Vintage hotels double as city tourist attractions
Hotels that have been around for 80 years or more can cost a fortune to keep in good condition, but owners say they are proud to maintain them to a standard high enough that they serve as tourist attractions in their own right.
The necessary cost of investing to maintain hotels extends to newer hotels, said David Ferguson, who is a director at CBRE Inc.’s hotels valuation and advisory services group in Canada.
“Hotels reach points where they require capital upgrades that aren’t necessarily a touch-and-feel upgrade that a guest can appreciate,” he said.
“When you talk about electrical systems, roof, or plumbing or piping repairs – replacing boilers and things like that – that’s one of the challenges the hoteliers face.”
Vancouver’s high hotel room occupancy also makes it a difficult decision for hoteliers because such repairs could shut down part of the hotel, meaning less revenue in addition to higher expenses.
The Fairmont Hotel Vancouver is not the oldest hotel in the province, or even the city of Vancouver, but it is the oldest hotel by far among Vancouver’s large hotels.
With 567 rooms, that hotel – which turned 80 years old this spring – ranks No. 3 on Business in Vancouver’s list of largest hotels in Metro Vancouver and Whistler, which was released this week. It is several times larger than the 155-room, 92-year-old Rosewood Hotel Georgia, which is a block away.
The oldest hotels in the city are even smaller, as could be expected.
The 107-year-old Sylvia Hotel, which soared above English Bay when it was built, has 120 rooms, including rooms on the eighth floor in space that was a restaurant until 1962, owner Jill Davies told Business in Vancouver.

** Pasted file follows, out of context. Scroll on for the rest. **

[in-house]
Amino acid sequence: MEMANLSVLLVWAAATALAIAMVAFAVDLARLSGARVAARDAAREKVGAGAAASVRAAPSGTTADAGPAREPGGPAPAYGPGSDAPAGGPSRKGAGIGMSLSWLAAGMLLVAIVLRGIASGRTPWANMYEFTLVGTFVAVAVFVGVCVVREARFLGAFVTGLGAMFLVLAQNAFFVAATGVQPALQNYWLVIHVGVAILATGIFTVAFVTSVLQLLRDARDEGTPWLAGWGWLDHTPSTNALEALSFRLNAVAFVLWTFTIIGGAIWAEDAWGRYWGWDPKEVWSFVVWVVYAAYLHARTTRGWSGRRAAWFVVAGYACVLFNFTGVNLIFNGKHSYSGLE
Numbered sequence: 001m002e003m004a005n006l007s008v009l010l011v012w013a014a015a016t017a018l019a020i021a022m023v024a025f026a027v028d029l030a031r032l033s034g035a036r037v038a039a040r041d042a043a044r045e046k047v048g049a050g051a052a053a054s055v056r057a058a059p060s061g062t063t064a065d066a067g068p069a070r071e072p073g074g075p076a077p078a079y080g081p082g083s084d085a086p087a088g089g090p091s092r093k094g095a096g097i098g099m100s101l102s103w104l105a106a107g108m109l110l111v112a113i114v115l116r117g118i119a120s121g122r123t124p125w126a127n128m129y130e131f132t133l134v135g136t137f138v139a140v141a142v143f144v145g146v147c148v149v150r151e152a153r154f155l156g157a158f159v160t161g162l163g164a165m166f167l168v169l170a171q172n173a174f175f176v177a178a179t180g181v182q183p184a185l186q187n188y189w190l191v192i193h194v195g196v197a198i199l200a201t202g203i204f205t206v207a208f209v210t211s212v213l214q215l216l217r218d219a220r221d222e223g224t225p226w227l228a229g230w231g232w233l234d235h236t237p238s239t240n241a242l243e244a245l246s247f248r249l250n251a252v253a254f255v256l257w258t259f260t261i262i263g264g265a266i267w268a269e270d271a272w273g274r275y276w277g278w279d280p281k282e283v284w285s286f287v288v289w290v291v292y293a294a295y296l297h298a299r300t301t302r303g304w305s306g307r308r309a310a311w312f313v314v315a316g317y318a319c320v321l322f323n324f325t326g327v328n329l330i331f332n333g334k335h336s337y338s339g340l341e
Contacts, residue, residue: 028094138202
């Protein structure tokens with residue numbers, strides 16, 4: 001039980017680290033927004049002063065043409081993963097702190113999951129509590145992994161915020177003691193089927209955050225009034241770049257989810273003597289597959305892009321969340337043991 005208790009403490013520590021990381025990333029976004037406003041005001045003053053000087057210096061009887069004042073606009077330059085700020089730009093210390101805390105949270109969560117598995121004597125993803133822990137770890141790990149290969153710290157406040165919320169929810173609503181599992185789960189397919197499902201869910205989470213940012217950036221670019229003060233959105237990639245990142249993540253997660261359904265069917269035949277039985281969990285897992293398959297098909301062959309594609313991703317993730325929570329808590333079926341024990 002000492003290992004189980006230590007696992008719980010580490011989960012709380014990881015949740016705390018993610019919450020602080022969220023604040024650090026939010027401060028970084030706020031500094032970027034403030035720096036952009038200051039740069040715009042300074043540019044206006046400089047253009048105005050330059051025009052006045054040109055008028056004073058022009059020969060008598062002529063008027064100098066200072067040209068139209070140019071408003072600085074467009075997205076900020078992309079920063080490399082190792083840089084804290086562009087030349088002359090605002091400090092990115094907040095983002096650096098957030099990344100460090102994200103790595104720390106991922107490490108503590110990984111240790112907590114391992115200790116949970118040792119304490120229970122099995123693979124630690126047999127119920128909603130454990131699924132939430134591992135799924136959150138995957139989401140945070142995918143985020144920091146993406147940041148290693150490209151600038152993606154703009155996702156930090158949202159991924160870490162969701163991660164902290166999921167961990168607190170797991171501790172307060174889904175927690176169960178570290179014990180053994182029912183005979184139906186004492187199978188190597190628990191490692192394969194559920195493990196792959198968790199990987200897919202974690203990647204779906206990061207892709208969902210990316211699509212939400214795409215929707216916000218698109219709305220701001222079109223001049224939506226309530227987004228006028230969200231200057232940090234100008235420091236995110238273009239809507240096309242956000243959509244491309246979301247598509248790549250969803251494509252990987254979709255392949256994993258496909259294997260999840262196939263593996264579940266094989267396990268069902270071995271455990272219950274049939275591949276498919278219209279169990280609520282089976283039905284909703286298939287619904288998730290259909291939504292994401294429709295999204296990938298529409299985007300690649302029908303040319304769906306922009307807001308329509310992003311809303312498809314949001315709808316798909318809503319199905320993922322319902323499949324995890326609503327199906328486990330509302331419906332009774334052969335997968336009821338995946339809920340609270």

(Image: The Sylvia Hotel is the oldest existing hotel in the city of Vancouver | submitted)
The 106-year-old St. Regis Hotel Vancouver, in contrast, has declined in size. Owner Rob Macdonald completely refurbished the hotel after he bought it a couple of decades ago and reduced the room count to 65 from 74 to make the rooms larger.
For Fairmont Hotel Vancouver general manager Adam Laker, the secret to longevity is “keeping up with trends” and trying to stay ahead of competitors.
“We’ve refurbished a lot,” he said. “We’ve rebuilt nearly the whole hotel inside.”
Laker said operating a hotel where guests have high expectations comes with opportunities and challenges.
The opportunity is to land guests who want to stay in the hotel for its historic look and significance. The challenge is to fulfil high expectations.
Renovating rooms is also more challenging for a historic hotel because the update has to strike a fine balance between having a traditional look and a modern feel. That challenge does not exist with a new hotel because owners get to start with what Laker called a clean slate.
The Fairmont Hotel Vancouver has held its value. West Vancouver-based Larco Investments Ltd.’s hospitality arm bought the hotel for $180 million in May 2015 from Ivanhoé Cambridge, after outbidding fellow British Columbians Nat Bosa and wife Flora Bosa. The Bosas, the previous year, spent $89.9 million to buy what is likely B.C.’s oldest existing hotel, the 111-year-old Fairmont Empress, in Victoria, from the Caisse de dépôt et placement du Québec pension fund.